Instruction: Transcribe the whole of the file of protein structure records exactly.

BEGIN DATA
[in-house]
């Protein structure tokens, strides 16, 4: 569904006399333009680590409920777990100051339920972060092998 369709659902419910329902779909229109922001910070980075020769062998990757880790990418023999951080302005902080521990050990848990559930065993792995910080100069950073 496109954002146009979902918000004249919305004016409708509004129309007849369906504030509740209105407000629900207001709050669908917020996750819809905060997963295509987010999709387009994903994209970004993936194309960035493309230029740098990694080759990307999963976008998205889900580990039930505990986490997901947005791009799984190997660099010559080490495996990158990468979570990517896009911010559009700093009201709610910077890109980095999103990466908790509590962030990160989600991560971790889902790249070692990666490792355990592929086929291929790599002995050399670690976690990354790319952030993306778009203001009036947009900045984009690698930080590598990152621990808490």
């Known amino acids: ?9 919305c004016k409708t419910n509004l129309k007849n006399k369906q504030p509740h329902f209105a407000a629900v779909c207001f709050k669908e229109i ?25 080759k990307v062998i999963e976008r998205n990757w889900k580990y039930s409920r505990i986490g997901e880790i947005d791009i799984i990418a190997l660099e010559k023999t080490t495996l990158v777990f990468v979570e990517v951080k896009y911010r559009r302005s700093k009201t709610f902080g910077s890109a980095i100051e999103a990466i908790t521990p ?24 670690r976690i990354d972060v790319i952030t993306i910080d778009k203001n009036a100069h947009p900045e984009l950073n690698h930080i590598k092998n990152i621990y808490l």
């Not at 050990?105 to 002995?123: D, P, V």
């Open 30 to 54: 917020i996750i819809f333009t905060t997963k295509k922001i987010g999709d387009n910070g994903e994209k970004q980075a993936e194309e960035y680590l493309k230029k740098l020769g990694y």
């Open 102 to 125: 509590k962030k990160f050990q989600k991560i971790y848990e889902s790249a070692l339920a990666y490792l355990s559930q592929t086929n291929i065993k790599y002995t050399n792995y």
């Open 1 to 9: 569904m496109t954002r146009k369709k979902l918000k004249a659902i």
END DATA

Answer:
[in-house]
């Protein structure tokens, strides 16, 4: 569904006399333009680590409920777990100051339920972060092998 369709659902419910329902779909229109922001910070980075020769062998990757880790990418023999951080302005902080521990050990848990559930065993792995910080100069950073 496109954002146009979902918000004249919305004016409708509004129309007849369906504030509740209105407000629900207001709050669908917020996750819809905060997963295509987010999709387009994903994209970004993936194309960035493309230029740098990694080759990307999963976008998205889900580990039930505990986490997901947005791009799984190997660099010559080490495996990158990468979570990517896009911010559009700093009201709610910077890109980095999103990466908790509590962030990160989600991560971790889902790249070692990666490792355990592929086929291929790599002995050399670690976690990354790319952030993306778009203001009036947009900045984009690698930080590598990152621990808490």
């Known amino acids: ?9 919305c004016k409708t419910n509004l129309k007849n006399k369906q504030p509740h329902f209105a407000a629900v779909c207001f709050k669908e229109i ?25 080759k990307v062998i999963e976008r998205n990757w889900k580990y039930s409920r505990i986490g997901e880790i947005d791009i799984i990418a190997l660099e010559k023999t080490t495996l990158v777990f990468v979570e990517v951080k896009y911010r559009r302005s700093k009201t709610f902080g910077s890109a980095i100051e999103a990466i908790t521990p ?24 670690r976690i990354d972060v790319i952030t993306i910080d778009k203001n009036a100069h947009p900045e984009l950073n690698h930080i590598k092998n990152i621990y808490l």
């Not at 050990?105 to 002995?123: D, P, V």
């Open 30 to 54: 917020i996750i819809f333009t905060t997963k295509k922001i987010g999709d387009n910070g994903e994209k970004q980075a993936e194309e960035y680590l493309k230029k740098l020769g990694y």
């Open 102 to 125: 509590k962030k990160f050990q989600k991560i971790y848990e889902s790249a070692l339920a990666y490792l355990s559930q592929t086929n291929i065993k790599y002995t050399n792995y």
């Open 1 to 9: 569904m496109t954002r146009k369709k979902l918000k004249a659902i």